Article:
Victory against racism at Leeds school

A particularly blatant example of the use of suspension as a method of racist harassment of black school children has recently occurred in Leeds. We report this not only because it highlights the racism of the British educational and judicial system but also because it shows the effectiveness of resistance to the attempts of the state to deprive black children of their education and to split black families.

On February 26, a fifteen year old black youth was suspended from a school in Leeds for refusing to cut his dreadlocks and there-by break the discipline of his Rastafarian religion. Despite the fact that white youths at the same school were allowed to wear their hair longer than his, the school insisted on suspending the black youth. They thus ensured that he missed five months of his education. The headmaster of the school revealed the colonial mentality which permeates the British state when he suggested that the black youth wear a turban. The headmaster rejected the black youth's suggestion that he wear a hat to school.

In July the Leeds Education Authority, by then responsible for preventing his attendance at school for five months, took their racist harassment one stage further and summonsed his mother to court for failing, they said, to ensure his attendance at school. Despite overwhelming evidence in his favour, proving that it was the education authorities which were preventing his attendance at school, the court ruled that if he missed one more week of school he would immediately be taken into care. The magistrate said:

‘If you don't cut your hair you will go straight into care. It is as simple as that.'

This racist alliance between the British education system and the courts resulted in a very real threat that this black youth would be removed from his family and friends and taken into 'care by the same local authority which had victimised him. By these means the British state would lock up a black youth for three years using the absurd and trivial excuse that his hair is too long.

Had the case been left there, no doubt the Leeds Education authority would have achieved its racist aim. But it was not left there. A local defence committee, the Chapeltown Rasta Defence Committee, was set up to fight the case. This committee achieved considerable local publicity for the case, collected over 1000 signatures for a protest petition including over 100 signatures collected at the Notting Hill Carnival. As well as mobilising support in Leeds the case attracted national support and signatures were collected in Bristol, London, Manchester and Scotland. On the first day of the school year, September 4, a picket of the school was called by the Defence Committee. About 30 people attended. As well as local support from the black community in Leeds the picket was attended by a contingent from Bradford Asian Youth Movement and also from Manchester Revolutionary Communist Group. The picketers' message was made clear by their placards: 'Hair length is not the issue. Racism is', 'Stop the Racist Suspensions', 'British Education is Racist'. While the picket continued, attracting much support from school children going into the school, a meeting was held with the Headmaster. After five months of refusing to change his decision to suspend the youth, his resolve crumbled in the face of resistance. Victory was achieved and he agreed to allow the youth back into school providing he wore a hat (which he had all along offered to do but which previously the Headmaster had refused to accept.)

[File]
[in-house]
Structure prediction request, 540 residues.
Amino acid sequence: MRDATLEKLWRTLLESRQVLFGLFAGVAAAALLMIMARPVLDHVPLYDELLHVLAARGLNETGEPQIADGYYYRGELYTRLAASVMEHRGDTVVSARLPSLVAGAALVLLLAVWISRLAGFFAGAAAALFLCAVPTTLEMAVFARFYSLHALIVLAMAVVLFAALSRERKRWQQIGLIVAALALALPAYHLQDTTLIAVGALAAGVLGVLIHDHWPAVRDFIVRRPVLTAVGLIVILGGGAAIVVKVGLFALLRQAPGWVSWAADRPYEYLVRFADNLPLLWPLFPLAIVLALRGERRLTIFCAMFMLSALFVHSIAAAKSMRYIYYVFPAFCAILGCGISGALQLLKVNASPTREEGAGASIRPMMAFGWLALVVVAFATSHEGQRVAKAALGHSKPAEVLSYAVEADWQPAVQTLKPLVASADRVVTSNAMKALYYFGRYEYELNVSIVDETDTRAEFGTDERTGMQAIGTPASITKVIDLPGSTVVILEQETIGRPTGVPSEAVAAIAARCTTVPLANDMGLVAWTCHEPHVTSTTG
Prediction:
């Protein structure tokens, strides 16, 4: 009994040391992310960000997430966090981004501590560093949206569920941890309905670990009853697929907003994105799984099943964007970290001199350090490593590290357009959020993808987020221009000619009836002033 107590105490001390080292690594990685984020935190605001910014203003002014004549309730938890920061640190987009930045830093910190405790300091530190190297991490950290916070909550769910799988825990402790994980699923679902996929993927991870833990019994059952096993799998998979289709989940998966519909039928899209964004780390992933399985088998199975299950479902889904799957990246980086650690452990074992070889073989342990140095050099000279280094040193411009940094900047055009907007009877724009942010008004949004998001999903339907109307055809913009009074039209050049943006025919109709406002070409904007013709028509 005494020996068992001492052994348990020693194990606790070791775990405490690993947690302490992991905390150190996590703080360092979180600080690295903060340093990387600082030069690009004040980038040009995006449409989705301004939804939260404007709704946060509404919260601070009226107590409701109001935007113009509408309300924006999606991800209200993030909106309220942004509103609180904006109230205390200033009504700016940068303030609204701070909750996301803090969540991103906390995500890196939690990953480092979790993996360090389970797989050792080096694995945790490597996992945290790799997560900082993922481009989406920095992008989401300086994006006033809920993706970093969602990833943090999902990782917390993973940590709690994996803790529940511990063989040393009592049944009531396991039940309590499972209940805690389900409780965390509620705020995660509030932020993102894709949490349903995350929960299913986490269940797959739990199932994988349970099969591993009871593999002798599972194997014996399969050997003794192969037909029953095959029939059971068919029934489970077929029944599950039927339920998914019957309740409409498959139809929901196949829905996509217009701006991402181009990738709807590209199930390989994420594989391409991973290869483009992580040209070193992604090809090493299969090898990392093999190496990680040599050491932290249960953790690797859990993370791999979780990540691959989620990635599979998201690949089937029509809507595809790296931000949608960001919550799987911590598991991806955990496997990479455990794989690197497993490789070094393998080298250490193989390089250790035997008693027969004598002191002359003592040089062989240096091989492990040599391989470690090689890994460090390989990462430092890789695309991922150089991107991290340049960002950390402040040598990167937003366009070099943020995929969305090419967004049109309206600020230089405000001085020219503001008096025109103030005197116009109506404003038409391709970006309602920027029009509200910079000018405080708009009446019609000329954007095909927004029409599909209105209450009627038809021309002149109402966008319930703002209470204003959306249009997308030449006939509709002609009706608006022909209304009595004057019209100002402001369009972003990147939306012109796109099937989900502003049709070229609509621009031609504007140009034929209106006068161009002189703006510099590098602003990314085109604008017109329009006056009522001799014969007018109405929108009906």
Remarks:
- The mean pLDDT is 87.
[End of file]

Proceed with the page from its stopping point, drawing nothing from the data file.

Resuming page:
No doubt the school and the Local Education Authorities were concerned not only about the protests aroused by this one case but also that such protests would throw the spotlight on the whole question of the use of suspension as a weapon against black youth in Britain. For the case in Leeds is not an isolated incident. The latest example to come to light concerns a Sikh girl who has been refused admission to school in Birmingham for wearing a turban as her religion decrees. Throughout the country black children are the victims of an education system which suspends them on the most trivial grounds, which randomly labels them educationally sub-normal and which robs them of even the paltry and inadequate education which is available to the working class.

Leeds correspondent

Fight Racism! Fight Imperialism! 1 – November/December 1979


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